Genetic differentiation and inferred dynamics of a hybrid zone between Northern Spotted Owls (Strix occidentalis caurina) and California Spotted Owls (S. o. occidentalis) in northern California

Ecology and Evolution
By: , and 

Links

Abstract

Genetic differentiation among Spotted Owl (Strix occidentalis) subspecies has been established in prior studies. These investigations also provided evidence for introgression and hybridization among taxa but were limited by a lack of samples from geographic regions where subspecies came into close contact. We analyzed new sets of samples from Northern Spotted Owls (NSO: S. o. caurina) and California Spotted Owls (CSO: S. o. occidentalis) in northern California using mitochondrial DNA sequences (mtDNA) and 10 nuclear microsatellite loci to obtain a clearer depiction of genetic differentiation and hybridization in the region. Our analyses revealed that a NSO population close to the northern edge of the CSO range in northern California (the NSO Contact Zone population) is highly differentiated relative to other NSO populations throughout the remainder of their range. Phylogenetic analyses identified a unique lineage of mtDNA in the NSO Contact Zone, and Bayesian clustering analyses of the microsatellite data identified the Contact Zone as a third distinct population that is differentiated from CSO and NSO found in the remainder of the subspecies' range. Hybridization between NSO and CSO was readily detected in the NSO Contact Zone, with over 50% of individuals showing evidence of hybrid ancestry. Hybridization was also identified among 14% of CSO samples, which were dispersed across the subspecies' range in the Sierra Nevada Mountains. The asymmetry of hybridization suggested that the hybrid zone may be dynamic and moving. Although evidence of hybridization existed, we identified no F1 generation hybrid individuals. We instead found evidence for F2 or backcrossed individuals among our samples. The absence of F1 hybrids may indicate that (1) our 10 microsatellites were unable to distinguish hybrid types, (2) primary interactions between subspecies are occurring elsewhere on the landscape, or (3) dispersal between the subspecies' ranges is reduced relative to historical levels, potentially as a consequence of recent regional fires.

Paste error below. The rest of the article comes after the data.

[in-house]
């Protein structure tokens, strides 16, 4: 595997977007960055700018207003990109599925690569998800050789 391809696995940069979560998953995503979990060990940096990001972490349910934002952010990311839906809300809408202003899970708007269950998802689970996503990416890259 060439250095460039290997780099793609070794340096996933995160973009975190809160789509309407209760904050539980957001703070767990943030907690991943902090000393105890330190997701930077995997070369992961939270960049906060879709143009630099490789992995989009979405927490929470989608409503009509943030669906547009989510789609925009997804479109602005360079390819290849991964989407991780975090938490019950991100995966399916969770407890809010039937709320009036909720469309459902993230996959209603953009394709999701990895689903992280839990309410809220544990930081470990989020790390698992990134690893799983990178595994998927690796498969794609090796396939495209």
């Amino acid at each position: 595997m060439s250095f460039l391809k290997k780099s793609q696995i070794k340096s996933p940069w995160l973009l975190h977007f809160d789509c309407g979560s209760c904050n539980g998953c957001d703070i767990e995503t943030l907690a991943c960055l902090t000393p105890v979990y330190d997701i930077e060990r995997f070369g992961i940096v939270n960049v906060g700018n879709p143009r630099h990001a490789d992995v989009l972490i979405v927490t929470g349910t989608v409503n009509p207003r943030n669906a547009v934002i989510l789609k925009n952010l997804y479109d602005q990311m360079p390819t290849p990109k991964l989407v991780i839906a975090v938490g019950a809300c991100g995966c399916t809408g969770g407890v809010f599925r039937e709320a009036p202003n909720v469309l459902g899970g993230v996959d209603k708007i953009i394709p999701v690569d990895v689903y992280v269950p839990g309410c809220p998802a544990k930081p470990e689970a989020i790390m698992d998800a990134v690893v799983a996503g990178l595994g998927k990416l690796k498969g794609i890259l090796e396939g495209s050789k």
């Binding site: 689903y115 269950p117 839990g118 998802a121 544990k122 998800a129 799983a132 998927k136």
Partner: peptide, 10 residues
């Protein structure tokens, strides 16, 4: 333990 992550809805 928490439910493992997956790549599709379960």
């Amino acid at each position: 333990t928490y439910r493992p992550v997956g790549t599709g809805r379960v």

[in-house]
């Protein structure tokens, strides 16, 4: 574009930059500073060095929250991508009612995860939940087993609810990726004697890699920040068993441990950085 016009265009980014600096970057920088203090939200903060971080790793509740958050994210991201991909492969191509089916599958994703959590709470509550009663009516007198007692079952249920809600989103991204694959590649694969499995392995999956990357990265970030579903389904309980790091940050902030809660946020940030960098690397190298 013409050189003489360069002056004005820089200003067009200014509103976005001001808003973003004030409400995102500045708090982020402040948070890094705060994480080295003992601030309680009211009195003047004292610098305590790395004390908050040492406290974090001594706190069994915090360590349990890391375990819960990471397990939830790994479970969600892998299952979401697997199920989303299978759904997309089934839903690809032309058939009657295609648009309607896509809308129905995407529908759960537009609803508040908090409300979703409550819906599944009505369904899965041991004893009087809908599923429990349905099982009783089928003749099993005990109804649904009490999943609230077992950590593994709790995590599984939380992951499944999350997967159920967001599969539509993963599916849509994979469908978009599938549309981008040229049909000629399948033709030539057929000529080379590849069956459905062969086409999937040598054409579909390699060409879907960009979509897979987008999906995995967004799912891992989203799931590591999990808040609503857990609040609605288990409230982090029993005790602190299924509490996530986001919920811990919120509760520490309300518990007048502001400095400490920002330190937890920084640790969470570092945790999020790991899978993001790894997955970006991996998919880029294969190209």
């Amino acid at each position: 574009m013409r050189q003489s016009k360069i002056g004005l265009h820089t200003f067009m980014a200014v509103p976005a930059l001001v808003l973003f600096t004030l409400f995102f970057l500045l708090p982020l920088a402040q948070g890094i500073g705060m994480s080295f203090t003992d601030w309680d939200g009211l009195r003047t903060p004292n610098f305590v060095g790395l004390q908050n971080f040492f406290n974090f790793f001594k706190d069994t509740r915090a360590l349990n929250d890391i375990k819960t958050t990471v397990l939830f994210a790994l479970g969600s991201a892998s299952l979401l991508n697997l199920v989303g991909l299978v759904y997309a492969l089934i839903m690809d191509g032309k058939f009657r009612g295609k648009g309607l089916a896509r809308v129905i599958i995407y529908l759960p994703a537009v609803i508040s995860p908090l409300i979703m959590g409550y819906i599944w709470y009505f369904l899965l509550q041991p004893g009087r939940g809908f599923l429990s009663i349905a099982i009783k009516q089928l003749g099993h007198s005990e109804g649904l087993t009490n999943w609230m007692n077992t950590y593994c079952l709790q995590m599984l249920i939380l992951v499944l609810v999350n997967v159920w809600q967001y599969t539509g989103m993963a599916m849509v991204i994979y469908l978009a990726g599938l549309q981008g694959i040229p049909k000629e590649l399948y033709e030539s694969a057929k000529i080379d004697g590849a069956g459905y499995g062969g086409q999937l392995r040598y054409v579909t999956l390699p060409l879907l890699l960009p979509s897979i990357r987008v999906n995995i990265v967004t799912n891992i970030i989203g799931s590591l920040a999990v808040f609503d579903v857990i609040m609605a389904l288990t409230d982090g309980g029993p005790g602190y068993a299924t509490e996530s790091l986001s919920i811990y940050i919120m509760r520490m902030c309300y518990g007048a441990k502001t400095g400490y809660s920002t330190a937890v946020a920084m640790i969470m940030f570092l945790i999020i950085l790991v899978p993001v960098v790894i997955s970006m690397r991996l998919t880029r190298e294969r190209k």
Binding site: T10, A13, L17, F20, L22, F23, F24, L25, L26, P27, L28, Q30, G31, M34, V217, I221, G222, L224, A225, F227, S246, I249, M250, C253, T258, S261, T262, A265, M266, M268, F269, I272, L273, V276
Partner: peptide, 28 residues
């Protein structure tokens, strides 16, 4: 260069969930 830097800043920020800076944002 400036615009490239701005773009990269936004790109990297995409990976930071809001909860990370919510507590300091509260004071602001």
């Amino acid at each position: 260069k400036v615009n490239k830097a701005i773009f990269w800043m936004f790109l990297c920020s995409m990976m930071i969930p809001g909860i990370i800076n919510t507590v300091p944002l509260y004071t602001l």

Study Area

Additional publication details

Publication type Article
Publication Subtype Journal Article
Title Genetic differentiation and inferred dynamics of a hybrid zone between Northern Spotted Owls (Strix occidentalis caurina) and California Spotted Owls (S. o. occidentalis) in northern California
Series title Ecology and Evolution
DOI 10.1002/ece3.3260
Volume 7
Issue 17
Year Published 2017
Language English
Publisher Wiley
Contributing office(s) Forest and Rangeland Ecosystem Science Center
Description 13 p.
First page 6871
Last page 6883
Country United States
State California